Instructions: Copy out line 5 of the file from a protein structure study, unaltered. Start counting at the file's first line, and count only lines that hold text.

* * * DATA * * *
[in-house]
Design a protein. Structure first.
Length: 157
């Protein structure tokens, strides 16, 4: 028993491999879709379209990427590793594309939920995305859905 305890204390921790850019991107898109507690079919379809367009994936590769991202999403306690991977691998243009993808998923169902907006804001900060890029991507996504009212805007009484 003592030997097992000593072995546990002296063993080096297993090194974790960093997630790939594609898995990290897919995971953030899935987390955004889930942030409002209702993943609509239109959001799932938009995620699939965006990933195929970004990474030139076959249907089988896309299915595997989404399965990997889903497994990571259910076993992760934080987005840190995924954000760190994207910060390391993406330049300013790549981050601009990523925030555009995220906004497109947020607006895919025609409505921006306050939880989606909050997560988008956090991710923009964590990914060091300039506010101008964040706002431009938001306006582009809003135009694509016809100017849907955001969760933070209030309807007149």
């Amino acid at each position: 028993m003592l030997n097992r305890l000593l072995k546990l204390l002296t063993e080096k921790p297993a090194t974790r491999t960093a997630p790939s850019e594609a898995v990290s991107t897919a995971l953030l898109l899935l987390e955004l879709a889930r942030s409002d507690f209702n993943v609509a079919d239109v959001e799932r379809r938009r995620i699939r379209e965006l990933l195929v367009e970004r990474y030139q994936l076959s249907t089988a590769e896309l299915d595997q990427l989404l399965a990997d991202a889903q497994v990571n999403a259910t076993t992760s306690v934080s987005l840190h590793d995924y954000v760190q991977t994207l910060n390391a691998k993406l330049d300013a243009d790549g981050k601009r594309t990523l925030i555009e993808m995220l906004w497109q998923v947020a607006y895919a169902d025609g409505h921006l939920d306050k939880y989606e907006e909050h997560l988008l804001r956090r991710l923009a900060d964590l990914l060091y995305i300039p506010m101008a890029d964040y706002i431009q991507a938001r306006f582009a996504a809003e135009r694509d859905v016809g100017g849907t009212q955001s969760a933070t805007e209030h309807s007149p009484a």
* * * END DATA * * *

């Amino acid at each position: 028993m003592l030997n097992r305890l000593l072995k546990l204390l002296t063993e080096k921790p297993a090194t974790r491999t960093a997630p790939s850019e594609a898995v990290s991107t897919a995971l953030l898109l899935l987390e955004l879709a889930r942030s409002d507690f209702n993943v609509a079919d239109v959001e799932r379809r938009r995620i699939r379209e965006l990933l195929v367009e970004r990474y030139q994936l076959s249907t089988a590769e896309l299915d595997q990427l989404l399965a990997d991202a889903q497994v990571n999403a259910t076993t992760s306690v934080s987005l840190h590793d995924y954000v760190q991977t994207l910060n390391a691998k993406l330049d300013a243009d790549g981050k601009r594309t990523l925030i555009e993808m995220l906004w497109q998923v947020a607006y895919a169902d025609g409505h921006l939920d306050k939880y989606e907006e909050h997560l988008l804001r956090r991710l923009a900060d964590l990914l060091y995305i300039p506010m101008a890029d964040y706002i431009q991507a938001r306006f582009a996504a809003e135009r694509d859905v016809g100017g849907t009212q955001s969760a933070t805007e209030h309807s007149p009484a």